Mundell vs Friedman on exchange rates

I came across this debate on random surfing on Bob Mundell, the 1999 Nobel laureate who got the same for his work on exchange rates. His most famous work is what we call today as impossible trinity (see my few posts on this here and here)

This is a debate between 2 economics stalwarts and was done sometime in May 2001. It may be old but is very relevant even today and is a pleasure to read. However, to understand the nuances fully, one has to be on his toes and is a not a light read as I thought it would be.

They begin with basics of exchange rates (Mundell is for fixed, Friedman for flexible), then discuss Euro (Mundell lauds the success, Friedman sceptical about its success). They share their views on Bretton Woods, Gold Standard, and finally on World Currency. It is an excellent primer on so many topics.

Both have many differences on the topics. But there is a similarity as well. Yes, both are from Univ of Chicago :-)Friedman was  always in Chicago and Mundell has done majority of his research in Chicago.

Rudi Dornbusch has written a nice write-up in middle (page 11-14 of PDF) on the University:

Every so often there was a gladiator event, a workshop where for some reason faculty from different areas got together and got at each other. Mundell vs. Friedman were special events. Friedman obviously admired the sheer creativity of Mundell but would not let him get by, sparks would fly. Mundell  recognized Friedman as an icon but understood that he could play the bad boy with success. I remember the unspeakable from Mundell: “Milton, the trouble with you is you lack common sense”.  

2 Responses to “Mundell vs Friedman on exchange rates”

  1. Morrison Bonpasse Says:

    Since the May 2001 publication of that Mundell/Friedman debate, the 12-nation eurozone was fully born – with euros in the hands of Europeans. Soon the European Monetary Union will grow to 15 countries, with at least 7 more European Union members more to come later.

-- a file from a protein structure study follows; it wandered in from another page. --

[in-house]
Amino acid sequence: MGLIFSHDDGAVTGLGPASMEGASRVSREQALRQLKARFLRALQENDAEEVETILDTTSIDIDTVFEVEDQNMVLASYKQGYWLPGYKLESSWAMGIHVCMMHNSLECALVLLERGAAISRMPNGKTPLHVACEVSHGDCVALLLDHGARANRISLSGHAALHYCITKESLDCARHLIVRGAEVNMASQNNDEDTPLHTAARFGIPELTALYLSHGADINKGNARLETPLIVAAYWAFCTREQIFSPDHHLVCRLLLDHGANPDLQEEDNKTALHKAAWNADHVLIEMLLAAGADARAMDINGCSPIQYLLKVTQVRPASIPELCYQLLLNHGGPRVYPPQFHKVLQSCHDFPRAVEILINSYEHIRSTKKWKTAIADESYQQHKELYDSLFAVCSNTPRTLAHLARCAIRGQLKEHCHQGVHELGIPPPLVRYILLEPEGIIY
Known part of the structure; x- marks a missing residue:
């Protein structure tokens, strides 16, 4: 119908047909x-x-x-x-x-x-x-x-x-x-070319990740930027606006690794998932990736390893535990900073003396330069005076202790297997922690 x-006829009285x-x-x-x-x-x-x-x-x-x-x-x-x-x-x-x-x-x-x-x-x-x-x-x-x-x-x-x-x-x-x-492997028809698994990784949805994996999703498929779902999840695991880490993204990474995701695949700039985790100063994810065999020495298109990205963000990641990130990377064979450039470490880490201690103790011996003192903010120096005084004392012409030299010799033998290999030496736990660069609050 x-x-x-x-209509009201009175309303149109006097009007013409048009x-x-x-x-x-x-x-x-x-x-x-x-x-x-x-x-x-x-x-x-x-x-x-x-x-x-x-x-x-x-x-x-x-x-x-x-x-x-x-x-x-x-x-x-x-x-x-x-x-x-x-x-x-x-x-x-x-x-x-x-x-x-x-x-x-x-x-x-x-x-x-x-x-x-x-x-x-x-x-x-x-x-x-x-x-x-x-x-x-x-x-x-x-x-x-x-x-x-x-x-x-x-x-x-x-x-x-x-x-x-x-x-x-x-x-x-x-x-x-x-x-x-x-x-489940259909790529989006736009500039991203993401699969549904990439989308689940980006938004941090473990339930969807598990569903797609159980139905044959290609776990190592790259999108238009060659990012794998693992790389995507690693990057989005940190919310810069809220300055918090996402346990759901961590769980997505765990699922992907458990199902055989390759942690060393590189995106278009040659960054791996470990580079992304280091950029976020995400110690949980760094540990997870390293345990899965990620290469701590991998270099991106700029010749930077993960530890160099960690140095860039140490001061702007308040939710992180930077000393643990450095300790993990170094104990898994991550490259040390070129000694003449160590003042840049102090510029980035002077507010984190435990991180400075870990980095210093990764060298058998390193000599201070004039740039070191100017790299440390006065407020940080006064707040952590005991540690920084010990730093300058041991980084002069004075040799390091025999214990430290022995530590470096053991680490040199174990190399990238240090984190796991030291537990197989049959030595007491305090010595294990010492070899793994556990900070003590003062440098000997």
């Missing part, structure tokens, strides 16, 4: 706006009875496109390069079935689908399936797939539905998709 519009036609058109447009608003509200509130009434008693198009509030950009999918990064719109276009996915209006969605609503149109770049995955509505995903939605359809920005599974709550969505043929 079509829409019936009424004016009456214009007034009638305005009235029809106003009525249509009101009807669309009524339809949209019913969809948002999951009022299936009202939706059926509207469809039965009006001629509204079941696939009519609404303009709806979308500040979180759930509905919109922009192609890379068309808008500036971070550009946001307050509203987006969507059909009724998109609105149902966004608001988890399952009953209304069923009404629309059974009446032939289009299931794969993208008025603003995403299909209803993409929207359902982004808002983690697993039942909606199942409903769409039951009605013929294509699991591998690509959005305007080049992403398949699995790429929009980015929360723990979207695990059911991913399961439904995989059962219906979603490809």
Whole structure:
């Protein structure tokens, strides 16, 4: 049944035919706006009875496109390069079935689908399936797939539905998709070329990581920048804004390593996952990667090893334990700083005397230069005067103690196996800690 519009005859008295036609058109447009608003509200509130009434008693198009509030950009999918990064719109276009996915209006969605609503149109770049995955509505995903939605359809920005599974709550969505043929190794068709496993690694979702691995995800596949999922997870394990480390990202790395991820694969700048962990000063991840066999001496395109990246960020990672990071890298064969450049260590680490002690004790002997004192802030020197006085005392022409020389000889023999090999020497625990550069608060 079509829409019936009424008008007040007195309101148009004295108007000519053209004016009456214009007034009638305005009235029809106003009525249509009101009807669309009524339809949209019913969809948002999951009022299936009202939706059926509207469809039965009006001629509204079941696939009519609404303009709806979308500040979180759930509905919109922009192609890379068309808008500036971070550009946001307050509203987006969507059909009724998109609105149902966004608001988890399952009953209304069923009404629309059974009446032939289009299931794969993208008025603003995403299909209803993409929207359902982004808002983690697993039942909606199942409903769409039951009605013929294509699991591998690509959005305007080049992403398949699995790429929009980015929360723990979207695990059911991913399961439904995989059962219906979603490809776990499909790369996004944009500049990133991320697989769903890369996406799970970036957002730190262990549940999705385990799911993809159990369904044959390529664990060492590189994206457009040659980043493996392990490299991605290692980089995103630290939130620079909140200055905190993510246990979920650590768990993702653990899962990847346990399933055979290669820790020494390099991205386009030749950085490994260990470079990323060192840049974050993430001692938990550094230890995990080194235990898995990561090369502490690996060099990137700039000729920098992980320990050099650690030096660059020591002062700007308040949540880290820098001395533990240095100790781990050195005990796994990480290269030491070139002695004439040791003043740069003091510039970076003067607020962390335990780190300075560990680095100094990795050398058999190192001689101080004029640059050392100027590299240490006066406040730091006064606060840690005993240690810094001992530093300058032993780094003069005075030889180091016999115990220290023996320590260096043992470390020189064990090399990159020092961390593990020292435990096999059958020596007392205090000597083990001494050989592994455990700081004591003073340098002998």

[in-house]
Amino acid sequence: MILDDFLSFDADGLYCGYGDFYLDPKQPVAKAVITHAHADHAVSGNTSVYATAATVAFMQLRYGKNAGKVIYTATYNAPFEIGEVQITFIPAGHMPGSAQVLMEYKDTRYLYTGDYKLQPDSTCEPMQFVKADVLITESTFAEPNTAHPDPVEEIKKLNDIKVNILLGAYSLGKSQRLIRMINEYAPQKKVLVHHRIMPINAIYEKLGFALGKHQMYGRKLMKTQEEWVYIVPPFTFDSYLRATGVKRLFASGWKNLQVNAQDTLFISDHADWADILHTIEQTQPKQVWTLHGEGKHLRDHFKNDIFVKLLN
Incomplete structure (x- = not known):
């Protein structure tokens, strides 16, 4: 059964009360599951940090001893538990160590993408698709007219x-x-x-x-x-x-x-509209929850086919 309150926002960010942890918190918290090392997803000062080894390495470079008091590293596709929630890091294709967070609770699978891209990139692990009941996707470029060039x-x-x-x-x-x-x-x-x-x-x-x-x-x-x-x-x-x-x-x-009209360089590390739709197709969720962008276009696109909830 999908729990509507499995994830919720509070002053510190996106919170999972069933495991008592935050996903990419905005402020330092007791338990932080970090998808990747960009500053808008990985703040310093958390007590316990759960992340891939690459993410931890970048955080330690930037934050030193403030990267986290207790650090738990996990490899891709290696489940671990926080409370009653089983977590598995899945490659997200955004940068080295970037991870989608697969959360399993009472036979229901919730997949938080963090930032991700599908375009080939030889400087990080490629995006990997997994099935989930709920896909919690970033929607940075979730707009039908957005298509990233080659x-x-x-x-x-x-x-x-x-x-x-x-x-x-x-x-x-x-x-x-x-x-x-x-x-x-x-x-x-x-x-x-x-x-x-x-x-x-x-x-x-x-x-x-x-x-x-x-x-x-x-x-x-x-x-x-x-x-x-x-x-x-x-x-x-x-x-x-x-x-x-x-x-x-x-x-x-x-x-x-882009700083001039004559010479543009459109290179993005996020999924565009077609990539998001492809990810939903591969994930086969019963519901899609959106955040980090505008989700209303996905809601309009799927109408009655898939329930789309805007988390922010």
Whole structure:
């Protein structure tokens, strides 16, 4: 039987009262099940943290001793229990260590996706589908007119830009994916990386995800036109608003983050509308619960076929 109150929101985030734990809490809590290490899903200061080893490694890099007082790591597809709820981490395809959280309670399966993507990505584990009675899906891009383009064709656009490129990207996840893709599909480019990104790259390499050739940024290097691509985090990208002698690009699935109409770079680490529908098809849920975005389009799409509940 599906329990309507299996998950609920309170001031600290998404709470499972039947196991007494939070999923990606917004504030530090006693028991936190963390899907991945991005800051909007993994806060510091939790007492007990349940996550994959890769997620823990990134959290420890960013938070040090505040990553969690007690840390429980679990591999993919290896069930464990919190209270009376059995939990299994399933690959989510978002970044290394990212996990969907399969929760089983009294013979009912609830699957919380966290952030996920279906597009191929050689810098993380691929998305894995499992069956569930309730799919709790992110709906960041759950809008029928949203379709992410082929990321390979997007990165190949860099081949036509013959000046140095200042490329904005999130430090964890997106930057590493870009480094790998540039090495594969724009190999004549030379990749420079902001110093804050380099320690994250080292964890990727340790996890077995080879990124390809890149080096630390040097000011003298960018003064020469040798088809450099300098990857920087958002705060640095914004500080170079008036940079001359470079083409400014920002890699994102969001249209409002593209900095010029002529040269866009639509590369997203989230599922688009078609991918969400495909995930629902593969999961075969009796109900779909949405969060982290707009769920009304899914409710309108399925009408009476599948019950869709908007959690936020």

The success of the euro has shown the world the value of modern monetary unions and the world should move as soon as possible to a Single Global Currency managed by a Global Central Bank within a Global Monetary Union. See http://www.singleglobalcurrency.org.
    The benefits of a single global currency are listed below:
    * Annual foreign exchange transaction costs of $400 billion will be eliminated.
    * Worldwide asset values will increase by about $36 trillion.
    * Worldwide GDP will increase by about $9 trillion.
    * Global currency imbalances will be eliminated.
    * All balance of payments problems will be eliminated.
    * Currency crises will be prevented.
    * Currency speculation will be eliminated.
    * Currency fluctuations and the need for hedging will be eliminated.
    * Worldwide interest rates will be reduced due to the elimination of currency risk.
    * Worldwide inflation will be reduced as currency exchange rates will no longer be a cause.
    * The need for foreign exchange reserves, now over $4 trillion, will be eliminated, and these funds can be used for more productive purposes than maintaining an inefficient foreign exchange system.
    The people of the 192 U.N. members now need only 146 currencies to transact all their business, including the payment of taxes. By next January the number of currencies will drop to 144 with the movement of Cyprus and Malta to the euro. Why not plan and research now for an accelerated movement to a single global currency?
    How to get there from here? It can be through a combination of processes: ization (whether euroization or dollarization) and the expansion and creation of monetary unions. Also, the IMF or Bank for International Settlements could establish an international “central” reserve bank for countries that wish to have a stable currency based on an aggregate of current international currencies. At some point in this transition, there should be convened a number of international monetary conferences, as was done in 1944 at Bretton Woods, N.H., to firmly establish the global monetary union. It’s common sense to move toward common cents.

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